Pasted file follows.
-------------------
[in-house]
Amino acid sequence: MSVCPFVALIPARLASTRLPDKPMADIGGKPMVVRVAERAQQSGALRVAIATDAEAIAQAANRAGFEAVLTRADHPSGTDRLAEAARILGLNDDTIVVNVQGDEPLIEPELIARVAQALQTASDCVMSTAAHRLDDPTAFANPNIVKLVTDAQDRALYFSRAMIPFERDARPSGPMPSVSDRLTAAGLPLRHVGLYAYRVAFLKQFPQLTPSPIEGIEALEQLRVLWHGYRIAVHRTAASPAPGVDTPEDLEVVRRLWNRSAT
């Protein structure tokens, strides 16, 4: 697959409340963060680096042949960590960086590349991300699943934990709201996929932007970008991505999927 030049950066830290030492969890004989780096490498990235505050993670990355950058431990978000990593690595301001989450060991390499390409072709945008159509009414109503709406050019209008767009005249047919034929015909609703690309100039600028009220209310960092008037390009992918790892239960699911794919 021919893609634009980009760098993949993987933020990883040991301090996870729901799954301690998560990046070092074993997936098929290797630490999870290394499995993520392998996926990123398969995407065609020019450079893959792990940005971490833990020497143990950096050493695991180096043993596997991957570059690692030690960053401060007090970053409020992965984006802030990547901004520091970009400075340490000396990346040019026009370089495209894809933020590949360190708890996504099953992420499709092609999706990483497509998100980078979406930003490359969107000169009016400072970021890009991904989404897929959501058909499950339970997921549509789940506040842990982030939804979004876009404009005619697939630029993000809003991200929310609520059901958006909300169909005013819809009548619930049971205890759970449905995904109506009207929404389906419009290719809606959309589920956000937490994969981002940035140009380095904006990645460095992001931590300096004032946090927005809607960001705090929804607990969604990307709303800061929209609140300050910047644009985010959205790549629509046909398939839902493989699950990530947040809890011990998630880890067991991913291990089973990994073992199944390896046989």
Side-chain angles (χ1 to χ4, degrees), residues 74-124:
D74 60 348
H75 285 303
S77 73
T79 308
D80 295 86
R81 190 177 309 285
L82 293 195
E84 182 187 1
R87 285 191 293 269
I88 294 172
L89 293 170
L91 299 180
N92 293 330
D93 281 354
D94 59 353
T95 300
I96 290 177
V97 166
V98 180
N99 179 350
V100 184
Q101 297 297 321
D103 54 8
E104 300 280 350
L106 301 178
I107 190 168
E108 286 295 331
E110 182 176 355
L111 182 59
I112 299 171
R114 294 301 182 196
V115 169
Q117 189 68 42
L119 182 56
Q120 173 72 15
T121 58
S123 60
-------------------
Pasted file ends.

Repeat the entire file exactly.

[in-house]
Amino acid sequence: MSVCPFVALIPARLASTRLPDKPMADIGGKPMVVRVAERAQQSGALRVAIATDAEAIAQAANRAGFEAVLTRADHPSGTDRLAEAARILGLNDDTIVVNVQGDEPLIEPELIARVAQALQTASDCVMSTAAHRLDDPTAFANPNIVKLVTDAQDRALYFSRAMIPFERDARPSGPMPSVSDRLTAAGLPLRHVGLYAYRVAFLKQFPQLTPSPIEGIEALEQLRVLWHGYRIAVHRTAASPAPGVDTPEDLEVVRRLWNRSAT
């Protein structure tokens, strides 16, 4: 697959409340963060680096042949960590960086590349991300699943934990709201996929932007970008991505999927 030049950066830290030492969890004989780096490498990235505050993670990355950058431990978000990593690595301001989450060991390499390409072709945008159509009414109503709406050019209008767009005249047919034929015909609703690309100039600028009220209310960092008037390009992918790892239960699911794919 021919893609634009980009760098993949993987933020990883040991301090996870729901799954301690998560990046070092074993997936098929290797630490999870290394499995993520392998996926990123398969995407065609020019450079893959792990940005971490833990020497143990950096050493695991180096043993596997991957570059690692030690960053401060007090970053409020992965984006802030990547901004520091970009400075340490000396990346040019026009370089495209894809933020590949360190708890996504099953992420499709092609999706990483497509998100980078979406930003490359969107000169009016400072970021890009991904989404897929959501058909499950339970997921549509789940506040842990982030939804979004876009404009005619697939630029993000809003991200929310609520059901958006909300169909005013819809009548619930049971205890759970449905995904109506009207929404389906419009290719809606959309589920956000937490994969981002940035140009380095904006990645460095992001931590300096004032946090927005809607960001705090929804607990969604990307709303800061929209609140300050910047644009985010959205790549629509046909398939839902493989699950990530947040809890011990998630880890067991991913291990089973990994073992199944390896046989």
Side-chain angles (χ1 to χ4, degrees), residues 74-124:
D74 60 348
H75 285 303
S77 73
T79 308
D80 295 86
R81 190 177 309 285
L82 293 195
E84 182 187 1
R87 285 191 293 269
I88 294 172
L89 293 170
L91 299 180
N92 293 330
D93 281 354
D94 59 353
T95 300
I96 290 177
V97 166
V98 180
N99 179 350
V100 184
Q101 297 297 321
D103 54 8
E104 300 280 350
L106 301 178
I107 190 168
E108 286 295 331
E110 182 176 355
L111 182 59
I112 299 171
R114 294 301 182 196
V115 169
Q117 189 68 42
L119 182 56
Q120 173 72 15
T121 58
S123 60